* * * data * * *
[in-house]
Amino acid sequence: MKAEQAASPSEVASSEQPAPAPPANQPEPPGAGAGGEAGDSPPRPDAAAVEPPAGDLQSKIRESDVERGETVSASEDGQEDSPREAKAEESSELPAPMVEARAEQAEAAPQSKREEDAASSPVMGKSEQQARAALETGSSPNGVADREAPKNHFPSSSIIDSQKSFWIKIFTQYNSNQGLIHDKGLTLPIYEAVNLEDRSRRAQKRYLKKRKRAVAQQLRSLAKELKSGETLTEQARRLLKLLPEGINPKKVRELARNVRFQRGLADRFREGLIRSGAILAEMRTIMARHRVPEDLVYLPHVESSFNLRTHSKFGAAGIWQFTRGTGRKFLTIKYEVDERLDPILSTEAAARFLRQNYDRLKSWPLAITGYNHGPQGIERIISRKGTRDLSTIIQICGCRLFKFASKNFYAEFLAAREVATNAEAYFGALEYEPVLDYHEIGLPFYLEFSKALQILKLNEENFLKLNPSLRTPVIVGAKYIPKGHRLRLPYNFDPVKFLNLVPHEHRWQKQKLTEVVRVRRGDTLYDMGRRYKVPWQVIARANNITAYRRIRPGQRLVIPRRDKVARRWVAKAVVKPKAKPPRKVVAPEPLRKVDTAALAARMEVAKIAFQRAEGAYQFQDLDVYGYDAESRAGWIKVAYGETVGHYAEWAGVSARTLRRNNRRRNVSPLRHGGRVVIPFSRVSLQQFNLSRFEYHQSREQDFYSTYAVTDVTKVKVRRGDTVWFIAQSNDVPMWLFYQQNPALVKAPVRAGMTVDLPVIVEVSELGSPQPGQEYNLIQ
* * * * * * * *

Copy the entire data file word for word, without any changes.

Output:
[in-house]
Amino acid sequence: MKAEQAASPSEVASSEQPAPAPPANQPEPPGAGAGGEAGDSPPRPDAAAVEPPAGDLQSKIRESDVERGETVSASEDGQEDSPREAKAEESSELPAPMVEARAEQAEAAPQSKREEDAASSPVMGKSEQQARAALETGSSPNGVADREAPKNHFPSSSIIDSQKSFWIKIFTQYNSNQGLIHDKGLTLPIYEAVNLEDRSRRAQKRYLKKRKRAVAQQLRSLAKELKSGETLTEQARRLLKLLPEGINPKKVRELARNVRFQRGLADRFREGLIRSGAILAEMRTIMARHRVPEDLVYLPHVESSFNLRTHSKFGAAGIWQFTRGTGRKFLTIKYEVDERLDPILSTEAAARFLRQNYDRLKSWPLAITGYNHGPQGIERIISRKGTRDLSTIIQICGCRLFKFASKNFYAEFLAAREVATNAEAYFGALEYEPVLDYHEIGLPFYLEFSKALQILKLNEENFLKLNPSLRTPVIVGAKYIPKGHRLRLPYNFDPVKFLNLVPHEHRWQKQKLTEVVRVRRGDTLYDMGRRYKVPWQVIARANNITAYRRIRPGQRLVIPRRDKVARRWVAKAVVKPKAKPPRKVVAPEPLRKVDTAALAARMEVAKIAFQRAEGAYQFQDLDVYGYDAESRAGWIKVAYGETVGHYAEWAGVSARTLRRNNRRRNVSPLRHGGRVVIPFSRVSLQQFNLSRFEYHQSREQDFYSTYAVTDVTKVKVRRGDTVWFIAQSNDVPMWLFYQQNPALVKAPVRAGMTVDLPVIVEVSELGSPQPGQEYNLIQ